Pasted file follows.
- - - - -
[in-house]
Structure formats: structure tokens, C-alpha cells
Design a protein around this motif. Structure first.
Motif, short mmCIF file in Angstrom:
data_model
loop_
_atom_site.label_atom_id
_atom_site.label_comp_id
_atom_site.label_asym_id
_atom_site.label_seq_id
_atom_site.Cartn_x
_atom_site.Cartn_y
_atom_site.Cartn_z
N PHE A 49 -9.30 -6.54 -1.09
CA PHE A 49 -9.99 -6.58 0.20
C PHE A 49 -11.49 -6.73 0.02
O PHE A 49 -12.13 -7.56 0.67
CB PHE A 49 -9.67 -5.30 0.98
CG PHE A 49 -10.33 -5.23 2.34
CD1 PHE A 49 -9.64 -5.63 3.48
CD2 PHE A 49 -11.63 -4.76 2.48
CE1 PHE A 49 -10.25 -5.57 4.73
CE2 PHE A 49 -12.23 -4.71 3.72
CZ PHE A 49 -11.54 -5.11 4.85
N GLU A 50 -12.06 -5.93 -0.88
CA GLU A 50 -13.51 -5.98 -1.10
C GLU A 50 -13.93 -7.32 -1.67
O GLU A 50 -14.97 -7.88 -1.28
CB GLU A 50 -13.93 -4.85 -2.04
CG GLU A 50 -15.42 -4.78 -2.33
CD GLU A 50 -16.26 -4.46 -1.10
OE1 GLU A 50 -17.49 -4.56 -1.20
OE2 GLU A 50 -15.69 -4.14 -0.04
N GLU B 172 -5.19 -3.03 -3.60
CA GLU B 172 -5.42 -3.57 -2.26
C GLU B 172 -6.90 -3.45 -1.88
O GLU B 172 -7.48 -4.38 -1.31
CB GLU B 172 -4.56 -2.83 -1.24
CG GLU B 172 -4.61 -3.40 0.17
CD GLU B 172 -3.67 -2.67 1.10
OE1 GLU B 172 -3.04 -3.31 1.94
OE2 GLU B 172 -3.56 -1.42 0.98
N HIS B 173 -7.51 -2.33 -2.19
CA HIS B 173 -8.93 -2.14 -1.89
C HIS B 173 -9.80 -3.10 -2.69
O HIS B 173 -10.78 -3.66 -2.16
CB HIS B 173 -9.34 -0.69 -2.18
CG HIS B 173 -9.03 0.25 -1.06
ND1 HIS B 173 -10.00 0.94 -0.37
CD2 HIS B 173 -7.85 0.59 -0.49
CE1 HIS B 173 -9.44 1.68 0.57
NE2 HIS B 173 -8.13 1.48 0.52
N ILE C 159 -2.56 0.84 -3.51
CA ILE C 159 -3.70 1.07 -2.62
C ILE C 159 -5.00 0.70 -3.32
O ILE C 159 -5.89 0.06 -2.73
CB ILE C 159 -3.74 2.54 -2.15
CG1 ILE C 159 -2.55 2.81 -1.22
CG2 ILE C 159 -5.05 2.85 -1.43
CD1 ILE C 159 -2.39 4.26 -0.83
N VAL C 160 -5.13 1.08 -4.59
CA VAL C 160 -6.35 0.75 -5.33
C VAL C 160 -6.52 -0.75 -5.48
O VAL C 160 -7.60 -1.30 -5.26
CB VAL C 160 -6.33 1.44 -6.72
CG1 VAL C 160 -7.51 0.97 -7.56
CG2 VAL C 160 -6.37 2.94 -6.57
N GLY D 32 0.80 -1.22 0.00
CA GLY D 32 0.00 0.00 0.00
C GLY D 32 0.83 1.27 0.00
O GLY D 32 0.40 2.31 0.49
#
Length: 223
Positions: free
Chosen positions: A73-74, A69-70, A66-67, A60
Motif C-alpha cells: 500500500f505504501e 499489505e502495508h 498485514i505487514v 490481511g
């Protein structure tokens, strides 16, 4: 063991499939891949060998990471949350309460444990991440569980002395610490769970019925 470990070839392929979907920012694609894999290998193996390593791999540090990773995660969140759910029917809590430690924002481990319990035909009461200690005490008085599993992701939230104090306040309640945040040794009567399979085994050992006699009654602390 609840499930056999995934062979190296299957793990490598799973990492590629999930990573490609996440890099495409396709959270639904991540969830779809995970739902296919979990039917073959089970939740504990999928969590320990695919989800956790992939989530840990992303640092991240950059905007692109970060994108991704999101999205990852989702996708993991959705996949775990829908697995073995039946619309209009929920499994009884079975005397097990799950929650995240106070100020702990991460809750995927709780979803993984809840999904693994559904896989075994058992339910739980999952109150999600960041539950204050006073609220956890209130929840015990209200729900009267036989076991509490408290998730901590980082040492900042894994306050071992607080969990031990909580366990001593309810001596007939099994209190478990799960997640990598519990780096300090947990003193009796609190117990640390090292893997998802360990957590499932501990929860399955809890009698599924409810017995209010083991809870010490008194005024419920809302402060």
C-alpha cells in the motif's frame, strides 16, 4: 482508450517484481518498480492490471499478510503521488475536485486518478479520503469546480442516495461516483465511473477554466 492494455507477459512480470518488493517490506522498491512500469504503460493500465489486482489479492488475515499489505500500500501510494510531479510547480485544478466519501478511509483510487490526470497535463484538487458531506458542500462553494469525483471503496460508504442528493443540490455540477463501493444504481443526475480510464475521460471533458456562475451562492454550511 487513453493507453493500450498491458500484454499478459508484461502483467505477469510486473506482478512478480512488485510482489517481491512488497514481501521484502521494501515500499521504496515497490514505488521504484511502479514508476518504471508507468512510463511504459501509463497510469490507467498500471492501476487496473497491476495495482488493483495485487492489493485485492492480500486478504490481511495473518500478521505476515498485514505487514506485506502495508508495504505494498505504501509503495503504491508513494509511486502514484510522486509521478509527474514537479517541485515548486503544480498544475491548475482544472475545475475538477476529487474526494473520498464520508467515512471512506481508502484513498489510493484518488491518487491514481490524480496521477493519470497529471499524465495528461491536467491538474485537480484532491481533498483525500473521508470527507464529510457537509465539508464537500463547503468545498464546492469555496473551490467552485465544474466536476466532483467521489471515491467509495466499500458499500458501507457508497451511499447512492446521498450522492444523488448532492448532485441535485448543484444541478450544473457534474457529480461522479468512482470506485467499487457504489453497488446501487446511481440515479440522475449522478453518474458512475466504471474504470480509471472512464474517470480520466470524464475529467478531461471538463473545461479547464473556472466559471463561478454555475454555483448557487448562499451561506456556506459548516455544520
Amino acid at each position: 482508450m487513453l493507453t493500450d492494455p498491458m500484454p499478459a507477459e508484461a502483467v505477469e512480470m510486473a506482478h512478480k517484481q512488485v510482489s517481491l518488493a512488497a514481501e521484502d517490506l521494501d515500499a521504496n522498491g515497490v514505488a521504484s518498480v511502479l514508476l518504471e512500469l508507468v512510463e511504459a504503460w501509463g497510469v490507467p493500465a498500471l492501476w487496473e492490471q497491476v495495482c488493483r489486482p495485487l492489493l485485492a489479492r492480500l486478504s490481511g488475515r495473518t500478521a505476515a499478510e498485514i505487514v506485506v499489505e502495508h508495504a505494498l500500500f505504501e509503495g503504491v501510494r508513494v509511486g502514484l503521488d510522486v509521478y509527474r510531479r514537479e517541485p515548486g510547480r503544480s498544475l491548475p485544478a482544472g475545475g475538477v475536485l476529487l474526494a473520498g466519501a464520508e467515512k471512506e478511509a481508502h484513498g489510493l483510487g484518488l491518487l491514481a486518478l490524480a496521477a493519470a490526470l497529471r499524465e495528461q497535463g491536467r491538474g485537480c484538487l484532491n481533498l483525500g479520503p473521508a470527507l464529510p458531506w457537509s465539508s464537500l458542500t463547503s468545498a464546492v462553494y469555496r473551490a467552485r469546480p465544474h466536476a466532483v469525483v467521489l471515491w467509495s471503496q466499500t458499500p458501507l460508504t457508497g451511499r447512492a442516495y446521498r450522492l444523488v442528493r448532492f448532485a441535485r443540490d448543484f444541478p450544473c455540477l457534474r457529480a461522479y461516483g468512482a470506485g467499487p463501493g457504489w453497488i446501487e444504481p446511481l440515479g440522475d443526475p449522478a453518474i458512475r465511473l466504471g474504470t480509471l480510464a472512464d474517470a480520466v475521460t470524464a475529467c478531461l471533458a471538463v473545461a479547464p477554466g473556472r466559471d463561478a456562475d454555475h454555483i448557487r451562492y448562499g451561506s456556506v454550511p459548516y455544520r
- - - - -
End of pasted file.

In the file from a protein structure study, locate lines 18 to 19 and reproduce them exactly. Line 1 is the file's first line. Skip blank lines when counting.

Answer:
CB PHE A 49 -9.67 -5.30 0.98
CG PHE A 49 -10.33 -5.23 2.34